# Frictionproblem! Yoyo on a horizontal plane.

1. Apr 17, 2010

### center o bass

I have just studied a problem regarding a yoyo being pulled along a horzontal plane and where the task is to find which way the frictionforce from the ground on the yoyo is acting. I have seen the solution to it, but I find it confusing and would therefore like to ask some questions about it.

Allright.. the situation is as shown in (3): http://www.uio.no/studier/emner/matnat/fys/FYS-MEK1110/v10/eks/eksoppg02.pdf [Broken] (it's in norwegian but you can see a sketch of the scenario).

As I said, I have seen the solution. There they are using N2L, N2L for rotation and the kinematic condition we have for rolling motion where the relative velocity between the ground and the point in contact with the ground is zero.
To start with they just assume that the friction force acts backwards and from there on finds an expression for the frictionforce and thereby a condition on the relation between the inner and the outer radius which shows what way the frictionforce is really acting.

The problem I have with this solution is that they use the rolling condition! When one uses this condition isn't that equivalent to saying that we have rolling motion troughout the whole motion. And if we have rolling motion must not the frictionforce allways act forward regardless of the relation between the radii?
1. The problem statement, all variables and given/known data

2. Relevant equations

3. The attempt at a solution

Last edited by a moderator: May 4, 2017
2. Apr 17, 2010

### Staff: Mentor

No. Realize that there is an external force acting on the yoyo (the string), so the static friction is not the only force accelerating the yoyo.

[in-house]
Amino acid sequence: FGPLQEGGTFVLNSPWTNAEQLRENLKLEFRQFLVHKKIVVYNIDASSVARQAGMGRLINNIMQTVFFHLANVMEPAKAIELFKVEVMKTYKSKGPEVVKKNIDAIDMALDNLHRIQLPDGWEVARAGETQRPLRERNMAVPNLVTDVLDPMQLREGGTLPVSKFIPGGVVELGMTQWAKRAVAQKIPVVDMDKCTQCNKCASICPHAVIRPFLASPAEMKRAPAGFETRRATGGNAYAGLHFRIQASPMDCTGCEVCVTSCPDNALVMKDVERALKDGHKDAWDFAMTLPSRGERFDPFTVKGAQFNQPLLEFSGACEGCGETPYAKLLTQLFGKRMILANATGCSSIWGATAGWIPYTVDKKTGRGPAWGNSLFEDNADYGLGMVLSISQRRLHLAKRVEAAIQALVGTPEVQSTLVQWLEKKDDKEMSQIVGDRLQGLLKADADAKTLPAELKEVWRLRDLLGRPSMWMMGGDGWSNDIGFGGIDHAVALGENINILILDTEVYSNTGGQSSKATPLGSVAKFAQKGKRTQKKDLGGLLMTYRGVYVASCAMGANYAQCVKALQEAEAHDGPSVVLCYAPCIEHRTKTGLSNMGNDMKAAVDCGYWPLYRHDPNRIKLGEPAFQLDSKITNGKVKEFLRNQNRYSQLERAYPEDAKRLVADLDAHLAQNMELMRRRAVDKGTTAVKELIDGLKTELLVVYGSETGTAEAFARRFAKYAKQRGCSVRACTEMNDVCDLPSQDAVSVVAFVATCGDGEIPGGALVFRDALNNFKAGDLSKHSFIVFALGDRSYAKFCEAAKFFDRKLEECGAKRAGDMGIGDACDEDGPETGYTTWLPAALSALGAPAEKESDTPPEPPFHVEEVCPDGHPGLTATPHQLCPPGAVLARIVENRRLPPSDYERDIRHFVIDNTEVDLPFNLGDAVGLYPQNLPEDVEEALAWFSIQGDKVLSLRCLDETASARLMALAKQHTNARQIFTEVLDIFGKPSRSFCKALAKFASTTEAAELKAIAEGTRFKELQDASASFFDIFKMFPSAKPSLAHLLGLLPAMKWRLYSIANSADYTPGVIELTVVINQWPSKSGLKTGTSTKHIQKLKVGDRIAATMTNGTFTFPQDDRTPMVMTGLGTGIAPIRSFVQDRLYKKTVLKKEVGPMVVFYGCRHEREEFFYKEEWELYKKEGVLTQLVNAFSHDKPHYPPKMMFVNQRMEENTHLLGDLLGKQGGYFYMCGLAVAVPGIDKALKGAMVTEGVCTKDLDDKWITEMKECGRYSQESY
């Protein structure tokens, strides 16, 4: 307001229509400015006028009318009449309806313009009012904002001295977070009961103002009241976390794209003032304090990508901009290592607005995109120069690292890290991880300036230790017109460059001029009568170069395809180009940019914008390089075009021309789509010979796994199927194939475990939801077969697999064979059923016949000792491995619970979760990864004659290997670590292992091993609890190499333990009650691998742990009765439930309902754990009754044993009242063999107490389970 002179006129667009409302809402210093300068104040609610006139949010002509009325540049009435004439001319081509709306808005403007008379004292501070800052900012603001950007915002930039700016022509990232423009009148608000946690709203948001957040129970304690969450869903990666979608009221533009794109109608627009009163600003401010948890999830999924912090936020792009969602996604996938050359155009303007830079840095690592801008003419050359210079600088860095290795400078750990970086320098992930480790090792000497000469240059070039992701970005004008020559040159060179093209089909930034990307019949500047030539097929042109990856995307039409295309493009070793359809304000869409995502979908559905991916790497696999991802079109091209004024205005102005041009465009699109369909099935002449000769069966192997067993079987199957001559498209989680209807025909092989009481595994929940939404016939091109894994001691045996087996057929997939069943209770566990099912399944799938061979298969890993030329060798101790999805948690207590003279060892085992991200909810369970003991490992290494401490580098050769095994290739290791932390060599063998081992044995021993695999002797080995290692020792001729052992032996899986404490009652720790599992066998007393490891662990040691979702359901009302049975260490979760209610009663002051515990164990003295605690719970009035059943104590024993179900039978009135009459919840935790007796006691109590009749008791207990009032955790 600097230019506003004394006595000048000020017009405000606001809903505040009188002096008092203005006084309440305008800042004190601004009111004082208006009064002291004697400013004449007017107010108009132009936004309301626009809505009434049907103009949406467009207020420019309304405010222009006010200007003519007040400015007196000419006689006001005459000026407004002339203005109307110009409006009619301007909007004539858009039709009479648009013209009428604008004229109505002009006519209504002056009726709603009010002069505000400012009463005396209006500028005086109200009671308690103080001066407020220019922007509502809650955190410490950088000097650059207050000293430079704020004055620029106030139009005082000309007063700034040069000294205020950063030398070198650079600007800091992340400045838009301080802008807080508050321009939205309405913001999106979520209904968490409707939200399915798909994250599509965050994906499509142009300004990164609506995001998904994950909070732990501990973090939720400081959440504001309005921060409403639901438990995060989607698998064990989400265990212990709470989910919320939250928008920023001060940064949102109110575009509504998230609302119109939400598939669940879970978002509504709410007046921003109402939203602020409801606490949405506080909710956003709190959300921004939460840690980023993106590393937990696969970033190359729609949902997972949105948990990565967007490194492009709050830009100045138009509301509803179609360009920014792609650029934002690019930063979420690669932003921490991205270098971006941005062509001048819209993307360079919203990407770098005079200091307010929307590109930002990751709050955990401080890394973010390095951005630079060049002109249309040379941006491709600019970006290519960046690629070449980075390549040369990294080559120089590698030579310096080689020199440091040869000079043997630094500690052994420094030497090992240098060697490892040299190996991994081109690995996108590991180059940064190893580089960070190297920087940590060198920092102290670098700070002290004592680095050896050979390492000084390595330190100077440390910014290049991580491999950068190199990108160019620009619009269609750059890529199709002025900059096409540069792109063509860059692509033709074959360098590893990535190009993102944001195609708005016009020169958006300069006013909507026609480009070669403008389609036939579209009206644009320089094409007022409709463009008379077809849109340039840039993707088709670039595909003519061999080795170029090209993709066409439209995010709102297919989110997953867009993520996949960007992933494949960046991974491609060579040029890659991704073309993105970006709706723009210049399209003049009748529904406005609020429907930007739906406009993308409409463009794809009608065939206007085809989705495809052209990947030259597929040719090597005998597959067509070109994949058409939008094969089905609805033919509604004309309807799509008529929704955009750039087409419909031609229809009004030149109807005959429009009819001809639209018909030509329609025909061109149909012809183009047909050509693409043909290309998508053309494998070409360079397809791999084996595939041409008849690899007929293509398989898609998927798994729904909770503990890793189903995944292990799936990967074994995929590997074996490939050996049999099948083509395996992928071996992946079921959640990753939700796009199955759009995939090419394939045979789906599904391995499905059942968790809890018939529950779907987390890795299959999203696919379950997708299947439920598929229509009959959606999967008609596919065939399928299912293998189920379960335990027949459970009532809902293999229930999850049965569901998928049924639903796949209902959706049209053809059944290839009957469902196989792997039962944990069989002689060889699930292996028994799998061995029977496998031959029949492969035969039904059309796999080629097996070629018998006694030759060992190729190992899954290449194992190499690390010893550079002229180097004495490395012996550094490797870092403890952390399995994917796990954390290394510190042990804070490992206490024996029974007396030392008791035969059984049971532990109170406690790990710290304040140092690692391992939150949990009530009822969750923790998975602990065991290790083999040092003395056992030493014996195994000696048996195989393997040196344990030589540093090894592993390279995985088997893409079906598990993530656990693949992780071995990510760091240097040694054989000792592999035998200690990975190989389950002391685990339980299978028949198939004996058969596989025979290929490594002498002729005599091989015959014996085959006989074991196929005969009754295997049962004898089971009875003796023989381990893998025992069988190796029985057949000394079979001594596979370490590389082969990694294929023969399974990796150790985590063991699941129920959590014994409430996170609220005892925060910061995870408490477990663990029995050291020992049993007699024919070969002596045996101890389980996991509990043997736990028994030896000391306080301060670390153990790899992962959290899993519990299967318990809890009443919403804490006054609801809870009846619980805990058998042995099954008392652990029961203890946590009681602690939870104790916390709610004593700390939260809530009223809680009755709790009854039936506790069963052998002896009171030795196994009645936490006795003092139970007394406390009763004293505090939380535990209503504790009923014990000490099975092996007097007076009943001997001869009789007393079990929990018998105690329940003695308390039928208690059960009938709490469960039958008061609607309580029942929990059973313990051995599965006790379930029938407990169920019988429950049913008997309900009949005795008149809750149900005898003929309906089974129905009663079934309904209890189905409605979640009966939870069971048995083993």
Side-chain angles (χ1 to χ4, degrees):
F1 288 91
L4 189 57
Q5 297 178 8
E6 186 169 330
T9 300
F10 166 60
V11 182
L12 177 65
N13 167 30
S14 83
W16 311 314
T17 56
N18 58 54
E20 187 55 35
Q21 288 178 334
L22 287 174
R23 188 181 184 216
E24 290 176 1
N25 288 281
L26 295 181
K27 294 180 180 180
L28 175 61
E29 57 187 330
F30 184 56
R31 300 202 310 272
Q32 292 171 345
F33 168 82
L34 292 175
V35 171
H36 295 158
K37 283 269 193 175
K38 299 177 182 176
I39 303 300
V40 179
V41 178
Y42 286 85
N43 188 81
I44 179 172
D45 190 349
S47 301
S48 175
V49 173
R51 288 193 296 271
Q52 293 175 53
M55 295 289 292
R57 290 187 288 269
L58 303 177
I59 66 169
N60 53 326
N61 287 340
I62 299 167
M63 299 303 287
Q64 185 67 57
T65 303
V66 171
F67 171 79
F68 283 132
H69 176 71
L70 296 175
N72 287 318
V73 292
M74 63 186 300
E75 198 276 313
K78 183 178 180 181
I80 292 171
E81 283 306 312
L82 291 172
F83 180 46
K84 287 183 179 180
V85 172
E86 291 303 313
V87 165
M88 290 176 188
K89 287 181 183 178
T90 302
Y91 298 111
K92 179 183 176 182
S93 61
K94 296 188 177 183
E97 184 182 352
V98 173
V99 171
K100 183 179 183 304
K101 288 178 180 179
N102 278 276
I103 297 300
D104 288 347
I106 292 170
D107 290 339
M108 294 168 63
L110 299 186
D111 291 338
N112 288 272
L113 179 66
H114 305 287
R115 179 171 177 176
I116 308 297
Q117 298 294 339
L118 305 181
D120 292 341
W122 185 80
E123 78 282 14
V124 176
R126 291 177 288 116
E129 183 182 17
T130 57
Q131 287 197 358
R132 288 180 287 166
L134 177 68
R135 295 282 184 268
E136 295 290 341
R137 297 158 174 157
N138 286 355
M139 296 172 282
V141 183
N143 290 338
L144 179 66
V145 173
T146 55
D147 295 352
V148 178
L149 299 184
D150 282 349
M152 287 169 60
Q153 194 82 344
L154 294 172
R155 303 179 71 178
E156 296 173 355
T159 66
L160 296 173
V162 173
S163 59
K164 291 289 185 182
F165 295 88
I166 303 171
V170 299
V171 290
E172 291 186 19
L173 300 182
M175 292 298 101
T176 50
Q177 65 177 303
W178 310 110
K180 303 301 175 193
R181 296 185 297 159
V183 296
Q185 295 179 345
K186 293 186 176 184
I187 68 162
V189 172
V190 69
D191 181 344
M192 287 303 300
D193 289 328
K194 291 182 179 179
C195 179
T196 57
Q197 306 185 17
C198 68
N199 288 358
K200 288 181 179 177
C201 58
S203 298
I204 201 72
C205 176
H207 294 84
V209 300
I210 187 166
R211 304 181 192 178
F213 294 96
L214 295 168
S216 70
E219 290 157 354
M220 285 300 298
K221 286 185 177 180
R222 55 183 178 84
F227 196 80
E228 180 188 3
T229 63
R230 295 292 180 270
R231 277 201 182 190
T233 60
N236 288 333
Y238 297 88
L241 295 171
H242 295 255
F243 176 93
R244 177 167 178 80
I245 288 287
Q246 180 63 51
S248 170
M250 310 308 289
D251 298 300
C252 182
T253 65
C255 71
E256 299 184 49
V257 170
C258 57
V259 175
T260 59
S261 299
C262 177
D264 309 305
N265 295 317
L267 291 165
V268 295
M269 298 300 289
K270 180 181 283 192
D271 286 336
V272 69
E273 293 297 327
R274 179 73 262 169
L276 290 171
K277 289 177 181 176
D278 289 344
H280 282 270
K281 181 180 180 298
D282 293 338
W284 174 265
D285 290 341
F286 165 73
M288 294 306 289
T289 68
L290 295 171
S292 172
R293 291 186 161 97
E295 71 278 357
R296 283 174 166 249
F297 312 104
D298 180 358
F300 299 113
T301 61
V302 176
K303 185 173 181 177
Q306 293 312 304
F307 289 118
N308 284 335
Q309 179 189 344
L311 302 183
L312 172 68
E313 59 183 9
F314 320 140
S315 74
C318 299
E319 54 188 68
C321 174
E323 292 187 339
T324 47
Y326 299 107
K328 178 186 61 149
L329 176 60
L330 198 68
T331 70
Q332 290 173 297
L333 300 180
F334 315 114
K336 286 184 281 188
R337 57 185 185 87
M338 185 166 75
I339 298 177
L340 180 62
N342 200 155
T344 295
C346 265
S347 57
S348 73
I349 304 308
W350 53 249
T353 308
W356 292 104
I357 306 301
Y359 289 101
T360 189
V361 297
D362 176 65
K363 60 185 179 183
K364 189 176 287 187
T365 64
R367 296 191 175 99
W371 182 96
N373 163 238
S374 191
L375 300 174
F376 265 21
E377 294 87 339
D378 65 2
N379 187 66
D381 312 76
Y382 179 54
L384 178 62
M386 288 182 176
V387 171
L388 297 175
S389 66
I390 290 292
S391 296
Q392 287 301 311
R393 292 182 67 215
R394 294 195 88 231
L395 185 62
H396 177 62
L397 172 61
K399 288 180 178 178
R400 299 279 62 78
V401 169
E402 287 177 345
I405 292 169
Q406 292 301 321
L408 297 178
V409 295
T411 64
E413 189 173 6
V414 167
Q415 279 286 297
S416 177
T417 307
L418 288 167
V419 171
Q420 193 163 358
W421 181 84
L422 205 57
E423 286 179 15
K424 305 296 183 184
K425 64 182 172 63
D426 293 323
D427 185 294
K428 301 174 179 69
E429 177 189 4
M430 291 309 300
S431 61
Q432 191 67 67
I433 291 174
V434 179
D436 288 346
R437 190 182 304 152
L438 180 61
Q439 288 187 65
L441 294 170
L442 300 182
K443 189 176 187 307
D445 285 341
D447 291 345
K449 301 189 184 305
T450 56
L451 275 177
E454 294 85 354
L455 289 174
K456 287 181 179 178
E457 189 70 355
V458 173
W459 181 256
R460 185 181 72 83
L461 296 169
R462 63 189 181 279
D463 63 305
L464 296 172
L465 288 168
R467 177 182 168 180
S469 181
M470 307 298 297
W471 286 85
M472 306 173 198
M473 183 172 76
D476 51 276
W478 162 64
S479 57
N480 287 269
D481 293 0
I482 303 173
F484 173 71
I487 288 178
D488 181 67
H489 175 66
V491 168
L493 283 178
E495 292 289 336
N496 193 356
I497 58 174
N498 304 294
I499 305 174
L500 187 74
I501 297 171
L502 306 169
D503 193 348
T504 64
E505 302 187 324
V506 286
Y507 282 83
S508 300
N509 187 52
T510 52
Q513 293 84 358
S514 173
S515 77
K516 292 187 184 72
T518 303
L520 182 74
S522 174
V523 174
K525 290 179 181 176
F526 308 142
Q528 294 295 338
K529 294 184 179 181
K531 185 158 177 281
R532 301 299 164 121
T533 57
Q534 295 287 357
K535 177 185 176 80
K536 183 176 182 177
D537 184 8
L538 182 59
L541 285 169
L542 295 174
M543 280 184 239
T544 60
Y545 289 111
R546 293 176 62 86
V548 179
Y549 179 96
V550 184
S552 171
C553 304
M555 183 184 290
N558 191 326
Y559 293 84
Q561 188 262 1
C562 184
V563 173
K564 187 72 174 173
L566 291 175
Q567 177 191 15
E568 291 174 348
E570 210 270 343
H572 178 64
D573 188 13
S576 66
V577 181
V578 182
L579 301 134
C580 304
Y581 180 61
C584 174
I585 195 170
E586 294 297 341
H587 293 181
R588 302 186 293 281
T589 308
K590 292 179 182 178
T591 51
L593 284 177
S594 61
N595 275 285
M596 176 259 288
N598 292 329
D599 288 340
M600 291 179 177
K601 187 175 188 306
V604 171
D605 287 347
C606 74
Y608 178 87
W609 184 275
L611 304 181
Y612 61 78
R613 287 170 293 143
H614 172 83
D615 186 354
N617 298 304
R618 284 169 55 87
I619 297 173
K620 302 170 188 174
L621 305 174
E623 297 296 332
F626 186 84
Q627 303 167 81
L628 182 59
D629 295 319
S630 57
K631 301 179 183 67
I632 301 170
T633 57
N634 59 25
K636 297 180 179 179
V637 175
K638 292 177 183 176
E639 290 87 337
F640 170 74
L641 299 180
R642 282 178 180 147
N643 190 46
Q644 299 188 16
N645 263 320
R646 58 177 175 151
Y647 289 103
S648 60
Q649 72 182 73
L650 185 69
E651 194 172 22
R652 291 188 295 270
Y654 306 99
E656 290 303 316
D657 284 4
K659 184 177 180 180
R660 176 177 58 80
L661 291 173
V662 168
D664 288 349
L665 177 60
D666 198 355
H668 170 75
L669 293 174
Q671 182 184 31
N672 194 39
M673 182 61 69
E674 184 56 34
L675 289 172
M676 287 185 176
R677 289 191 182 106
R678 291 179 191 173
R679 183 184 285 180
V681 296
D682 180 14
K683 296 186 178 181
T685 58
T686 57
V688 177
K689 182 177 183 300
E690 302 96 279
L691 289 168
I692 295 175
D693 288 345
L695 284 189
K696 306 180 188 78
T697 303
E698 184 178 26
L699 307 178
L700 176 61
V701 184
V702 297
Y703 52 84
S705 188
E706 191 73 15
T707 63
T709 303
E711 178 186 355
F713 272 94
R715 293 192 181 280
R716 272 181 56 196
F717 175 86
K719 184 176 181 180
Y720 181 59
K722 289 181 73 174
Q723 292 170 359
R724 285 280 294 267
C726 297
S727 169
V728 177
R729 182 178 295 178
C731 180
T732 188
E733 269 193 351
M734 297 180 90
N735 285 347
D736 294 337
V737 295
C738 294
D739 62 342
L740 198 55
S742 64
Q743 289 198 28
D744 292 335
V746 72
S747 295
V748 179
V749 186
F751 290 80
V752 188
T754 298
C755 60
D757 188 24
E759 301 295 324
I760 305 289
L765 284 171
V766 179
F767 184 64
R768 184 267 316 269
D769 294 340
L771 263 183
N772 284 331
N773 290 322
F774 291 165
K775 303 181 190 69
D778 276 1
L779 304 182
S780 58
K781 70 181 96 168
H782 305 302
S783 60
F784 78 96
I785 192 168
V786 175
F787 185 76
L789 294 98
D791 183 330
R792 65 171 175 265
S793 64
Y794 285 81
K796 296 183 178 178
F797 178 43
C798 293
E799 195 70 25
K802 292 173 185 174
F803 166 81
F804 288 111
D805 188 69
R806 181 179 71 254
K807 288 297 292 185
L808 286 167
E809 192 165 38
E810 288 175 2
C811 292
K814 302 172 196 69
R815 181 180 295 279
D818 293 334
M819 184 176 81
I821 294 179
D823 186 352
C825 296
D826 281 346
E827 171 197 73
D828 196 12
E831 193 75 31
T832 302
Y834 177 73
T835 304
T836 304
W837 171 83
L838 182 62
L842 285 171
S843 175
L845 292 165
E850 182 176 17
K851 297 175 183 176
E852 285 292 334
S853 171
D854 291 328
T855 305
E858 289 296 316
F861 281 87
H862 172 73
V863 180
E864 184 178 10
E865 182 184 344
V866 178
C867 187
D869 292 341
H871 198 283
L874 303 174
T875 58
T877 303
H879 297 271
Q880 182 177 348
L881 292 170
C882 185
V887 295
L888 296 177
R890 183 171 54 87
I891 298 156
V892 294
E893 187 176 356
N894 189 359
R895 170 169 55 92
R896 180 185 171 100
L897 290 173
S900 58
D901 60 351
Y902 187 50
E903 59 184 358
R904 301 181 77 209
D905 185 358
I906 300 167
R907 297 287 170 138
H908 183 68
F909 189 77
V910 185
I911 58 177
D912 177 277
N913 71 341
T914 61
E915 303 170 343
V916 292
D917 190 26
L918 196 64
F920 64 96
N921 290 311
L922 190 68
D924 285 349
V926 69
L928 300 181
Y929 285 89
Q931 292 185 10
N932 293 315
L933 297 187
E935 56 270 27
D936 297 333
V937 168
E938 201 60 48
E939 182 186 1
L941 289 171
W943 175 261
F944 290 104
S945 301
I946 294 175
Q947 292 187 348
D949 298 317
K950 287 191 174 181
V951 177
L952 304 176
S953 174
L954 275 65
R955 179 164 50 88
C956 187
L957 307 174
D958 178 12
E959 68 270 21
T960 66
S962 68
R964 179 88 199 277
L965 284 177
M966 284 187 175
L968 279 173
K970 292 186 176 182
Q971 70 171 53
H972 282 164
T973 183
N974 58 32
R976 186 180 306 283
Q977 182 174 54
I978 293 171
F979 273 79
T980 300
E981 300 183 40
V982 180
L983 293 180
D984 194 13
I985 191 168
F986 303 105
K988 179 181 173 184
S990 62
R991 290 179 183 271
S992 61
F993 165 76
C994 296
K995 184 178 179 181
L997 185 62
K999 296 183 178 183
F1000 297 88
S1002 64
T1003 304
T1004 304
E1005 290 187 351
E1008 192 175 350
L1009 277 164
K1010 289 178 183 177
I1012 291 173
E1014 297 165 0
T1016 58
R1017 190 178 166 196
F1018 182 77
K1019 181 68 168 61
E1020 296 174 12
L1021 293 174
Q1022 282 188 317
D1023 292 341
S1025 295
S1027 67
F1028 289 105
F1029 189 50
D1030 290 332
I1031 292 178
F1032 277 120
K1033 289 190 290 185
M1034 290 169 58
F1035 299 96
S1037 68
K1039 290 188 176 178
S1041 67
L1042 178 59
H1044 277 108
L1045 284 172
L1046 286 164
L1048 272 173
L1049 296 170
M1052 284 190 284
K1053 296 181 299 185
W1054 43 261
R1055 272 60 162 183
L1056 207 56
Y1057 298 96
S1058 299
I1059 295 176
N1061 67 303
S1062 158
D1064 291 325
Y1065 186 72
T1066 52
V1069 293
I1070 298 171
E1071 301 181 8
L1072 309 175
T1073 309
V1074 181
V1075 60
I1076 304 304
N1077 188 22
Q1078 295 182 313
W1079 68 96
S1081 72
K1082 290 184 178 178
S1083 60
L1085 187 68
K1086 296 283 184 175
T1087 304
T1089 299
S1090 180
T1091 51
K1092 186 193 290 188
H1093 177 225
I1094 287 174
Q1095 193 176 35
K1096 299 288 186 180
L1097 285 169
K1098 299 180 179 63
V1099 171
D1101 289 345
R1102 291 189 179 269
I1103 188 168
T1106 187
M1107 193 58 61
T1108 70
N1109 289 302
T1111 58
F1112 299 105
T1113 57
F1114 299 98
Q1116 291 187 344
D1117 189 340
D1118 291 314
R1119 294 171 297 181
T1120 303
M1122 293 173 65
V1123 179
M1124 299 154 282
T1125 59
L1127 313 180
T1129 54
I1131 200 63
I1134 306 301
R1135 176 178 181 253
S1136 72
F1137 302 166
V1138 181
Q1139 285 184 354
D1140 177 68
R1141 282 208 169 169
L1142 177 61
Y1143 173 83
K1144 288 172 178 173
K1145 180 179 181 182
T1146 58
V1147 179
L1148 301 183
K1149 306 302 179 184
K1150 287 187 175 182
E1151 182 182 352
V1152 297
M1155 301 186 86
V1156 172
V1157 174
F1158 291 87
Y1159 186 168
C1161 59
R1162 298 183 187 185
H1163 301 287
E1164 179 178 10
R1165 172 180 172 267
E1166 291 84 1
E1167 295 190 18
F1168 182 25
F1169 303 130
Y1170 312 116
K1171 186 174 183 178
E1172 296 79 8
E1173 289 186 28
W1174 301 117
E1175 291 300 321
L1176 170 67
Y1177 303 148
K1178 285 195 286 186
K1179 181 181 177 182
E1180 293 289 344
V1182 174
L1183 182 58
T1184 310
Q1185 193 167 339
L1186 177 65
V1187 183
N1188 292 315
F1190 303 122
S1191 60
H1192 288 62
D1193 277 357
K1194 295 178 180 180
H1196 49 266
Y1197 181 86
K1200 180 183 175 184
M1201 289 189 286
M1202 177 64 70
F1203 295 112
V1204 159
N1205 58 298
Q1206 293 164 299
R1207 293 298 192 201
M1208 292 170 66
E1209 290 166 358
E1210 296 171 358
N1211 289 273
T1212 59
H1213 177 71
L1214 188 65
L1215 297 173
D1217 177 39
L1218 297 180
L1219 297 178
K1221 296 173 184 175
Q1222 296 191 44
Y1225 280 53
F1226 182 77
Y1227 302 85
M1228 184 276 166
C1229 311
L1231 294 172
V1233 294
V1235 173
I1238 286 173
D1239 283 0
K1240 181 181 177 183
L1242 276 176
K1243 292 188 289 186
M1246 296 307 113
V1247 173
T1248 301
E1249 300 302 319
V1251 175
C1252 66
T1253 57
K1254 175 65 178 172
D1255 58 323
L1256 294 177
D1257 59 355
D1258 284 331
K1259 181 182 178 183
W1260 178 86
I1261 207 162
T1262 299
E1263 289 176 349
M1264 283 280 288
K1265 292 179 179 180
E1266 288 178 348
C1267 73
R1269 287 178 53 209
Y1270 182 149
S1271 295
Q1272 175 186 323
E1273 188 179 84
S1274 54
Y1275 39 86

In general, the answer is no anyway. Consider a car accelerating forward without slipping. Friction on the tires acts forward. But when braking, the friction acts backward even though the motion is forward.

3. Apr 17, 2010

### center o bass

Ah.. yeah and the car can have negative acceleration without slipping.

But what then when the yoyo has a negative friction acting on it. Where does this force come from? It's easy to see that the positive friction force is a reaction to the wheel pushing on the ground. But if the yoyo is still rotating and rolling on the same direction, how can a negative friction act on it if it's not slipping?

4. Apr 17, 2010

### Staff: Mentor

That's true with the yoyo as well. The force of the ground on the yoyo is a reaction to the force of the yoyo on the ground. (But that observation doesn't help much!)
Again, you must consider all the forces acting on the yoyo. Try this. Imagine there was no friction at all. Which way would the yoyo tend to rotate? Which way must friction act to prevent slipping?

Static friction is a passive force that will be whatever it needs to be to prevent slipping.

5. Apr 17, 2010

### center o bass

If there were no frictional forces the yoyo would tend to rotate to the right -->, since that is the direction where we have a torque. In order to have no slipping we would need that the relative velocity between the contact point and the ground is zero, so if the wheel is rotating too fast the ground must impress a force in the other direction of the tangential velocity of the wheel in at the contact point, but this is in the positive direction -->+ since the tangential velocity of the wheel is in <---- that direction.